Mike King (blogger, ceo of youth front, author of presence-centered youth ministry)

“I hope youth ministry in the future will embrace missionally all the things that the church is afraid of today… realistically, however, I don’t think youth ministry as we know it today will exist 25 years from now!”

Tic Long (exec director of youth specialties)

“Youth ministry is at a crossroads of seeing culture as an enemy or as a friend. The road they choose will determine it’s future.”

the future of youth ministry, episode 8

i led a late night discussion at the national youth workers convention this past fall on “the future of youth ministry”. in preparation for that discussion, i emailed a few dozen friends with better youth ministry minds than my own, and asked them to complete the sentence, “the future of youth ministry….” about 15 of them responded (often with more than a sentence!). i’m posting them here as a series, sometimes with a bit of commentary from myself, and sometimes merely as a reflection-prod. would love to hear your responses.
episode 1 (searching for the right way)
episode 2 (discipleship, barriers)
episode 3 (intergenerational ministry)
episode 4 (parents)
episode 5 (re-weird-ifying christianity)
episode 6 (the system is broken)
episode 7 (a little bit o’ sunshine)


i’ve only known terrace crawford for a year or two, and we’ve never actually met face-to-face. but i’ve enjoyed terrace’s positivity and good thinking. and i keep hearing his name from other sharp youth workers who have met him, and how much they enjoy him. about a year ago, i helped terrace land a part-time role as the youth ministry editor for churchleaders.com, a role he’s done really well with. here’s what terrace had to say:

Terrace Crawford

I think we are beginning to see less paid staff in youth ministry than ever before… and this is just the beginning. I believe churches will recruit more volunteers in the days ahead. Additionally, I think we’ll see less silos in youth ministry and more integration of students into “big church.” As a result, students will begin assuming more leadership roles. Finally, I think churches & ministries are having to “strip down” to the basics because of the economy & budget cuts — and it just might be what the Lord has ordered. I believe what we often see in the physical realm is mirrored in the spiritual. God may be salvaging the remnants and stripping away what doesn’t need to remain in our ministries & we are better for it. Because of this, I am very hopeful about the future of youth ministry.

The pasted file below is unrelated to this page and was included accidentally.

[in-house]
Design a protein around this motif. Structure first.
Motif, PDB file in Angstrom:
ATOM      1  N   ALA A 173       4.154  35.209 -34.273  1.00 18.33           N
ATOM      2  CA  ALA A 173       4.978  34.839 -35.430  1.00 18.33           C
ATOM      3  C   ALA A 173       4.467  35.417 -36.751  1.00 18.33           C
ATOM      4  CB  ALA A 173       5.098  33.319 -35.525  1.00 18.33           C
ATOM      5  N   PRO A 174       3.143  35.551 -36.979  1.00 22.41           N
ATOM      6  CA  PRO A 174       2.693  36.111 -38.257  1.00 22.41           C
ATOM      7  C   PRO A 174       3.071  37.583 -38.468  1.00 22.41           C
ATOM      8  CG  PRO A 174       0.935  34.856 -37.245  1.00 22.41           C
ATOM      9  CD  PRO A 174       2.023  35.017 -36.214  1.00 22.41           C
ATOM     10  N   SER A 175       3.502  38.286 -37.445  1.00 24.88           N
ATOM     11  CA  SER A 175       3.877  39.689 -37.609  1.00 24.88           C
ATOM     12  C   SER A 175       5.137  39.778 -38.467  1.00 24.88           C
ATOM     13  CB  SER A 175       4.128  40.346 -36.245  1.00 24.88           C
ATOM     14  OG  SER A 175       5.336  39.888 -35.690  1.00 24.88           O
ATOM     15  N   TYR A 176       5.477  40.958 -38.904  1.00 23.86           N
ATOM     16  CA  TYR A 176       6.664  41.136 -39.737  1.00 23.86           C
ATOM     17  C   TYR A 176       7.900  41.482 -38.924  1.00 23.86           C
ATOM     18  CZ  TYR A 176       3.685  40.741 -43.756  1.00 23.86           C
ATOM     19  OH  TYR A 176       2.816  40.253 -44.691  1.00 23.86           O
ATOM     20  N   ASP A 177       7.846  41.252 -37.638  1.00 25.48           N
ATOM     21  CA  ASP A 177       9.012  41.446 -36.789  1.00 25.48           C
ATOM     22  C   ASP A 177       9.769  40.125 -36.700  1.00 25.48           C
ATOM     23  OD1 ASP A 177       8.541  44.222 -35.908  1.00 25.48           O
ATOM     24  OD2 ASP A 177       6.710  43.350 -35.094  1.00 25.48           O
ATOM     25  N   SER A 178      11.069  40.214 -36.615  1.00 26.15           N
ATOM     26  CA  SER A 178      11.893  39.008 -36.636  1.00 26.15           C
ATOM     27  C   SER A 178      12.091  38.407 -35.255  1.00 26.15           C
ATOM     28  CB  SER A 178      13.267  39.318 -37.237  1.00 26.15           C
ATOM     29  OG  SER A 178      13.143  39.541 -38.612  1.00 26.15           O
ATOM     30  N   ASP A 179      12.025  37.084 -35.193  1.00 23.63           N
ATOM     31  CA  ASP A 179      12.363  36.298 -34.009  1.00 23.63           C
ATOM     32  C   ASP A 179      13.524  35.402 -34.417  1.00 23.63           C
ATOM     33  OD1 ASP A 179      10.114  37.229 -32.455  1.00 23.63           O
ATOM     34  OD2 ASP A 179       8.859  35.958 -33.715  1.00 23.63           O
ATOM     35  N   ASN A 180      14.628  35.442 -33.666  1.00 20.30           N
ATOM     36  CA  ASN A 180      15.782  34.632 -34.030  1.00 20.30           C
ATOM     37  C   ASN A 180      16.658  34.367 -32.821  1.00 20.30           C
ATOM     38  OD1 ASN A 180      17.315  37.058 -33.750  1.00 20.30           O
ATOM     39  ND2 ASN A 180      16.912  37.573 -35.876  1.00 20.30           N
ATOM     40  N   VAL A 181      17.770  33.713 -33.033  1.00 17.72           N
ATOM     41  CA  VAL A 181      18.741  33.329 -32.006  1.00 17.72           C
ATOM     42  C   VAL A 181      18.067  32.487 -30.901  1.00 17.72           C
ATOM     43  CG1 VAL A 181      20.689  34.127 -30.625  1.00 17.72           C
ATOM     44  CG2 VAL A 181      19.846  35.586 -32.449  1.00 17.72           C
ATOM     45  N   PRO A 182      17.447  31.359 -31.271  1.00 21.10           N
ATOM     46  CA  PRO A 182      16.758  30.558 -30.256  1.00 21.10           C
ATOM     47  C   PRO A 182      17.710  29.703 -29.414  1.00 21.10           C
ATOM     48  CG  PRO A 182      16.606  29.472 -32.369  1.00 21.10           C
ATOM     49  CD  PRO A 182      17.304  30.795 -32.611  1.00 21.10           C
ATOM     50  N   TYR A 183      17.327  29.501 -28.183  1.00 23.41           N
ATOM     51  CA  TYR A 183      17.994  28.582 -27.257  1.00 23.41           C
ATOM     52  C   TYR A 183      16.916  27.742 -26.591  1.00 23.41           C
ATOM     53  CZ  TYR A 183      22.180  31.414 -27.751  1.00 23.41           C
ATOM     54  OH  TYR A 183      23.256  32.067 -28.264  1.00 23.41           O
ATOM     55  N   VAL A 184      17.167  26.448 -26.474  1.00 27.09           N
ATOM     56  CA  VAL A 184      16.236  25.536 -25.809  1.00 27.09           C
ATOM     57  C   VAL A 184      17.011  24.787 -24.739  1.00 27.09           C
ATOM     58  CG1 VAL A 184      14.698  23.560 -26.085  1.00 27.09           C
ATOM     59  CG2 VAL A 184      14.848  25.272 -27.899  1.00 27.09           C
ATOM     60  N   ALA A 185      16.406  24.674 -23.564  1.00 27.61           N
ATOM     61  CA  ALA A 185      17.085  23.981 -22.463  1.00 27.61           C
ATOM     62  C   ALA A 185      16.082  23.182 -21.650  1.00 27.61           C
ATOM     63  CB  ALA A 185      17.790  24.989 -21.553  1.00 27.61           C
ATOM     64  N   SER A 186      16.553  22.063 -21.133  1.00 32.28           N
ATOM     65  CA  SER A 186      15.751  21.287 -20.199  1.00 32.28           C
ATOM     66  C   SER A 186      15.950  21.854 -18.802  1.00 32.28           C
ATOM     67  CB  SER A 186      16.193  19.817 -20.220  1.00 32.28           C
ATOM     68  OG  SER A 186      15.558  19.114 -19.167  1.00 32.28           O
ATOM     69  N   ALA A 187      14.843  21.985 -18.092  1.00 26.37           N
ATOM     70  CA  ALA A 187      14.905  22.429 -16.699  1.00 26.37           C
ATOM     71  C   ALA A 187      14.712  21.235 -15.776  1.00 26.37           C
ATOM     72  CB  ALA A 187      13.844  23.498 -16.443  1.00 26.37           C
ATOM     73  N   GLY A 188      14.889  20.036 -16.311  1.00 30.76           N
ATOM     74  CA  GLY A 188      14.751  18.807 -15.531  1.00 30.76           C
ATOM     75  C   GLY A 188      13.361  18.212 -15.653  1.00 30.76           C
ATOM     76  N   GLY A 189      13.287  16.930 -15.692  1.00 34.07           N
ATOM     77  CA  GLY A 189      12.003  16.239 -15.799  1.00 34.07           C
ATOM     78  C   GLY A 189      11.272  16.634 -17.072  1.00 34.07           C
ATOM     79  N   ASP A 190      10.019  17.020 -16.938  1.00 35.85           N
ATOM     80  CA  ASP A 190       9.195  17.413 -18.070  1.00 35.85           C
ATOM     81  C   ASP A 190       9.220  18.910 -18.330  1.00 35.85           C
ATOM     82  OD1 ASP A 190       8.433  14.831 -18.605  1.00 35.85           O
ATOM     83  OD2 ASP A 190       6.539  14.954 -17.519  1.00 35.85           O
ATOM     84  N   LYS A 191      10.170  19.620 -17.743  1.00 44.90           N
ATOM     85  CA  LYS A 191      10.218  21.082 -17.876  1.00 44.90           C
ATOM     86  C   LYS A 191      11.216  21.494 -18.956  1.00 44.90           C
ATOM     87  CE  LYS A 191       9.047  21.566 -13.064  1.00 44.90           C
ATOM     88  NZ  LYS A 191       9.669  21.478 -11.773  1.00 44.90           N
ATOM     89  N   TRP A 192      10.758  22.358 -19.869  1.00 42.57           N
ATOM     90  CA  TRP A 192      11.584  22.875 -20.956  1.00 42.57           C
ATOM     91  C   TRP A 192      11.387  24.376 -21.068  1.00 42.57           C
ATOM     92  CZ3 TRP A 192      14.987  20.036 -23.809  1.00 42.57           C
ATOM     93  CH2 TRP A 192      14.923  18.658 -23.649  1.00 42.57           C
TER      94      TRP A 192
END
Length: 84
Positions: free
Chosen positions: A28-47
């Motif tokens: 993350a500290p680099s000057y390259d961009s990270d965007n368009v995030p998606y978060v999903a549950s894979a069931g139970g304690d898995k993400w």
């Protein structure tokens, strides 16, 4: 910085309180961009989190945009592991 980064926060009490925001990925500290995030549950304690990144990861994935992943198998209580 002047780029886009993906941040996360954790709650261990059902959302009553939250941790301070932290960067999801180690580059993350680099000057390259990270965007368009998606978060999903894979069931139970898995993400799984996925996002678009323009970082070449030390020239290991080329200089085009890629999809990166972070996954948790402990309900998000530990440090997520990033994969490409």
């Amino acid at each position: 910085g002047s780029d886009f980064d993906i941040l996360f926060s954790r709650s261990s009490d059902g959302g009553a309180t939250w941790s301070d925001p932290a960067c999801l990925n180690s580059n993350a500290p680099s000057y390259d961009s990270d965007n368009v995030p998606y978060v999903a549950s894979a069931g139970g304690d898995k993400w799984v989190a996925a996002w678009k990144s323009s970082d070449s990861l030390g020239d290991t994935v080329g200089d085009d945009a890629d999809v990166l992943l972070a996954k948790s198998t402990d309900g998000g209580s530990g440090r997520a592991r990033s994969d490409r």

there is much i resonate with in terrace’s comments. and i agree that some of it is cause for being hopeful; but some of it will also be extremely difficult, even threatening. let’s parse it a bit:

less paid staff. yes, i’ve been saying for a while (as have others — mark riddle most notably) that the next 20 years will see a decline in the number of paid youth workers. the impact of the recession on church expedited this, and we might even see a little reprieve in the next few years (assuming things rebound a bit, as they likely will). but that will be a false indication that “the money is back”. giving to churches continues to decline — it was declining before the recession, and will continue to decline after the recession. churches will be forced to rethink farming out youth ministry to a hired gun. in many ways, i think this is a good thing. the hired gun mentality has hurt us in many ways that we didn’t see when we started down that road, because there are all sorts of systemic implications that flow out of that, not the least of which are both the abdication of the care of youth ministry to someone “more qualified”, and the wholesale isolation of teenagers to the fringes of our churches. in many ways, this is bad news for paid youth workers. there hasn’t been this much lack of job security in youth ministry in 40 years. heck, it’s even going to be a challenge for people like me who resource churches and youth workers.

the potential upside is this: congregations will be forced to re-engage teenagers, hopefully as an integral part of the body. all the research (sticky faith, national study of youth and religion) is telling us that this kind of congregrational engagement and integration is one of the necessary aspects for sustainable faith in teenagers moving to adulthood. but it just might be this financial reality that forces the issue.

less silos and more integration. connected to the last bit, this move away from isolation (the primary approach to youth ministry in america over the last 40 years) and toward re-integration is a move some churches are already wrestling with. this will require some boldness, some patience, and some experimentation. my hope is: enough churches will lead the way in this for missional/theological reasons that when thousands of other churches are forced to consider other options for youth ministry because of budget cut-backs, there will be loads of wonderful examples of how to do this well. in one sense it’s not rocket science; but most of our churches are so deeply steeped in a mindset of isolating teenagers, the pathways out of that thinking and practice won’t be obvious (and certainly won’t be easy).